Colombia June 2013 037
Open letter to the President of Cerrejón Coal and the Chairmen and Chief Executive Officers of Anglo American, BHP Billiton and Glencore
7 June 2016
Roberto Junguito, President, Cerrejón Coal
Sir John Parker, Chairman, Anglo American
Mark Cutifani, Chief Executive, Anglo American
Jac Nasser, Chairman, BHP Billiton
Andrew Mackenzie, Chief Executive Officer, BHP Billiton
Anthony Hayward, Chairman, Glencore
Ivan Glasenberg, Chief Executive Officer, Glencore
Dear Sirs,
We are writing to reiterate our concern about the behaviour of Cerrejón Coal towards the communities around its operations in La Guajira, Colombia.
Diversion of the Arroyo Bruno
We are aware that Cerrejón Coal has received the various permissions necessary to begin the planned diversion of the Arroyo Bruno, a major tributary of the River Rancheria. We also know that two aspects of the company’s plans are strongly contested: one, the company’s environmental impact assessments which suggest that diversion of the Arroyo will have limited impacts on water availability and local ecology; and the other, that the company only need conduct prior consultation with one of the communities close to the Arroyo. There are in fact at least five indigenous Wayuu communities in the direct influence zone of the Arroyo, and Cerrejón must conduct Free Prior and Informed Consent negotiations with all of these communities.  It is not only these communities that are dependent on the Arroyo for water, but also the nearby urban centres. It is clear to us that there are serious concerns about the hydrological and ecological impacts of the diversion and massive opposition from many sectors of the population in La Guajira. Some of the watercourses diverted in the past have dried out, and the fear is that the same fate awaits the Arroyo Bruno. The diversion must not be allowed to go ahead.
Community resettlements and destruction of livelihoods
It is clear that the resettlement of communities in recent years has meant that numerous families who have wanted to carry on supporting themselves by small-scale agriculture or cattle-raising have been unable to do so because of the inadequacy of the quality and quantity of land provided in the resettlement sites. We are particularly concerned about the treatment of Tomás Ustate, a resident of Roche, whose cattle are now to be rounded up by Cerrejón Coal and sold, on the grounds that he has failed to remove them from the mine lease area.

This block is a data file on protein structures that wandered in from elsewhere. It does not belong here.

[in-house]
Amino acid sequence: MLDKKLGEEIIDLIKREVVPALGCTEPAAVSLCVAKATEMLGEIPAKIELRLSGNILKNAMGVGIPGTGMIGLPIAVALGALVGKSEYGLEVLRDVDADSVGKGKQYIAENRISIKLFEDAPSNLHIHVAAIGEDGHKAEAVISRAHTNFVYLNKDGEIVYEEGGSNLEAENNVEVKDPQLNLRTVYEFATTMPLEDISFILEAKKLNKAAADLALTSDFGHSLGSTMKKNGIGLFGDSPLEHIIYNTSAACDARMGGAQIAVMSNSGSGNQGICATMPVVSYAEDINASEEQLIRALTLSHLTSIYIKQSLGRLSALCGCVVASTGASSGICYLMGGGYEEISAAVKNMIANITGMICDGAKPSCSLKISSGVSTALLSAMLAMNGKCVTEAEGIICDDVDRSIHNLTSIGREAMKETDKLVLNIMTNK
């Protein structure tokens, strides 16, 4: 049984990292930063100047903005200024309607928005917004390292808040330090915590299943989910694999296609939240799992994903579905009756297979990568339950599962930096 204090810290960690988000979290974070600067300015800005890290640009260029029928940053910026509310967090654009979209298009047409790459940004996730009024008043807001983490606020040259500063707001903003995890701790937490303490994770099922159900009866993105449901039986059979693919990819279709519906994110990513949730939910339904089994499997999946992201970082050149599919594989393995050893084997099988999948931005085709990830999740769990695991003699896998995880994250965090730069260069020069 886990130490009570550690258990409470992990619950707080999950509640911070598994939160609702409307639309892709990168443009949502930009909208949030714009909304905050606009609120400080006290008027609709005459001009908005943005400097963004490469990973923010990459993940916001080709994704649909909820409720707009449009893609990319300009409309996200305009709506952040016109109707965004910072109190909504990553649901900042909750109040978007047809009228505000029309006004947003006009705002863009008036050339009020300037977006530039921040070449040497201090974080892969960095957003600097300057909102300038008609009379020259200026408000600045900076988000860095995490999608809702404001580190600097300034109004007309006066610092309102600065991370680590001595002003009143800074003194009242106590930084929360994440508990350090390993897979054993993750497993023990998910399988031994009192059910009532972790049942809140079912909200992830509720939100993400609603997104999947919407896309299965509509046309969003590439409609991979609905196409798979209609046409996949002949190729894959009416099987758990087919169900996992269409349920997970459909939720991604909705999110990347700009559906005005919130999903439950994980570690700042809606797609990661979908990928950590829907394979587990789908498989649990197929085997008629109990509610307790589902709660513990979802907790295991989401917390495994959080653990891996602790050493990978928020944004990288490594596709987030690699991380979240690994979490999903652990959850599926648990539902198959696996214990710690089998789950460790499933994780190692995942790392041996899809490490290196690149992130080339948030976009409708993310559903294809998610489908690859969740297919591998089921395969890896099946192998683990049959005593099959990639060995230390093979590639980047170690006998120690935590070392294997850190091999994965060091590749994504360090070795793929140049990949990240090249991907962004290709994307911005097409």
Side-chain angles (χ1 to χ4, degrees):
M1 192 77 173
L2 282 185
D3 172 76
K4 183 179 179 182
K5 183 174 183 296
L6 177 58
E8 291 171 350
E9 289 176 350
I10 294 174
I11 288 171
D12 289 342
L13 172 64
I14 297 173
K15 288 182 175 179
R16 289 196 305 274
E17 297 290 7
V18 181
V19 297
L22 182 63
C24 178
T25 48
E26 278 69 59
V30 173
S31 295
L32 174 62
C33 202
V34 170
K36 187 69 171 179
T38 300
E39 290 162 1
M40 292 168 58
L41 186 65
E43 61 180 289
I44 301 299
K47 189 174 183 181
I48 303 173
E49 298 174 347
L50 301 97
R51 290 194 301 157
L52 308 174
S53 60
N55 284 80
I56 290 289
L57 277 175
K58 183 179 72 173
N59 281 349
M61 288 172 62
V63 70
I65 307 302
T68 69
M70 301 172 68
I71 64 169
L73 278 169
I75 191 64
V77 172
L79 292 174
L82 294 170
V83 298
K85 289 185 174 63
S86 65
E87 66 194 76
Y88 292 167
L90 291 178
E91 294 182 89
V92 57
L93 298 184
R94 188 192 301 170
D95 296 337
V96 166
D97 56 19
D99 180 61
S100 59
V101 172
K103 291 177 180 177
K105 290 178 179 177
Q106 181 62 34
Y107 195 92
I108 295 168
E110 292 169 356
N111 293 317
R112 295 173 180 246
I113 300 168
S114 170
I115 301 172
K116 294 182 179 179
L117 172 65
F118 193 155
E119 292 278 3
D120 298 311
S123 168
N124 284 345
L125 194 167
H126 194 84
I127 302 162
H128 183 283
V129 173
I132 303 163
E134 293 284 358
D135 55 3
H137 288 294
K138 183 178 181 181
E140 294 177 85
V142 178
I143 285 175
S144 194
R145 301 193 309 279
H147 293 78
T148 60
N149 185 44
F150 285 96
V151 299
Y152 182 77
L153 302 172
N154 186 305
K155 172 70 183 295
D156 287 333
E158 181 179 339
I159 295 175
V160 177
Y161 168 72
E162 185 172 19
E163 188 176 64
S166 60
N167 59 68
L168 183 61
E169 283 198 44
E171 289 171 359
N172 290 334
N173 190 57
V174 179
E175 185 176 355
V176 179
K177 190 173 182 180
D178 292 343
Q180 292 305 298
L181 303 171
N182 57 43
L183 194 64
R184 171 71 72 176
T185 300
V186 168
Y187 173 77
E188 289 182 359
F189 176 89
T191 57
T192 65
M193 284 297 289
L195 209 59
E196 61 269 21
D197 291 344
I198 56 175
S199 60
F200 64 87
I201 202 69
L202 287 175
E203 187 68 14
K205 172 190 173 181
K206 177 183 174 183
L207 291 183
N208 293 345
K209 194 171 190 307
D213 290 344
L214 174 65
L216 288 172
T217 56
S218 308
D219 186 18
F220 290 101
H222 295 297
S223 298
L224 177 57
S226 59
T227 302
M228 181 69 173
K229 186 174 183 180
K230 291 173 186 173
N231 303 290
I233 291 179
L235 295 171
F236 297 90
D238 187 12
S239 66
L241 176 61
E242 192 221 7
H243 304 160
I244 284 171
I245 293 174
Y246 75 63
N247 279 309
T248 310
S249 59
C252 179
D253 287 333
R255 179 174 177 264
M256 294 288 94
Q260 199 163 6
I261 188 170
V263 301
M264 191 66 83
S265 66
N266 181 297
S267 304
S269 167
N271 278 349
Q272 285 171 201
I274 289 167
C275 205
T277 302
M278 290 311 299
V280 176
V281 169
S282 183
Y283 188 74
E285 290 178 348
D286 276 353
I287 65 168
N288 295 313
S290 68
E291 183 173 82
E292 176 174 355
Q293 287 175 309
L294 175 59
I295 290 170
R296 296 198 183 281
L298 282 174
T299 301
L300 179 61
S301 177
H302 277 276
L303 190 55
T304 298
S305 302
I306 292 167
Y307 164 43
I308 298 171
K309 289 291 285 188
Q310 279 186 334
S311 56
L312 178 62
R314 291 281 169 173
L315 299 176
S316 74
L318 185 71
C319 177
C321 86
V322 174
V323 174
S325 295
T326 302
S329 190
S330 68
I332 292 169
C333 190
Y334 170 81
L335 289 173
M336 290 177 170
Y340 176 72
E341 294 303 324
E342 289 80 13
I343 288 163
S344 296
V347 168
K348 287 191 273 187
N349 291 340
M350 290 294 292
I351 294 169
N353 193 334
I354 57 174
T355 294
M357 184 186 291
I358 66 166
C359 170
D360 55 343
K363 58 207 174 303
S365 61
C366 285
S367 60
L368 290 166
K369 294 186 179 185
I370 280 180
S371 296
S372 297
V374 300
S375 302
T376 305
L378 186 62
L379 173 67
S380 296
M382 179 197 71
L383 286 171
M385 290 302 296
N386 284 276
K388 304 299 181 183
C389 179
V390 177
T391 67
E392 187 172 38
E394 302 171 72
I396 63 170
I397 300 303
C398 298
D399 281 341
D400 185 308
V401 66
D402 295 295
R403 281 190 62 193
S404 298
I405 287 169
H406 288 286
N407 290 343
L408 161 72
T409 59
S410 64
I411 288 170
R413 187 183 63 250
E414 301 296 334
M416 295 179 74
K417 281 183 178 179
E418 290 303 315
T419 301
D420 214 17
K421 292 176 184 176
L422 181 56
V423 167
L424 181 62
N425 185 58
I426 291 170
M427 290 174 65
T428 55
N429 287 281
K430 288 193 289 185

The company’s treatment of Tomás is emblematic of the disrespect that the company shows to community members who wish to live by farming. Tomás and several families at Roche made clear over a lengthy period of time that they wished to continue living by farming and that the resettlement arrangements being offered by Cerrejón Coal were inadequate for their needs. By threatening them with forced eviction, the company pressured these families into signing agreements which the families believed were unacceptable. Unsurprisingly, some families have found keeping these unacceptable agreements impossible, and the company has then constantly blamed the families for breaking them. It is clear that the Ustate family, along with the other families at Roche who wish to continue living by farming or cattle-raising, need and deserve a better deal from the company, rather than continual legal actions being taken against them.
Las Casitas
We understand that Cerrejón has given remaining families in Las Casitas until 30 June to sign resettlement agreements.   We do not believe that the people of Las Casitas, a community of African descent that has the right to Free Prior and Informed Consent, should be forced to sign agreements that do not meet their needs. Furthermore, we wish to remind Cerrejón and its shareholders that we oppose expropriation and the use of the threat of expropriation other pressure tactics. We demand that Cerrejón find a peaceful means of coming to an agreement with these families.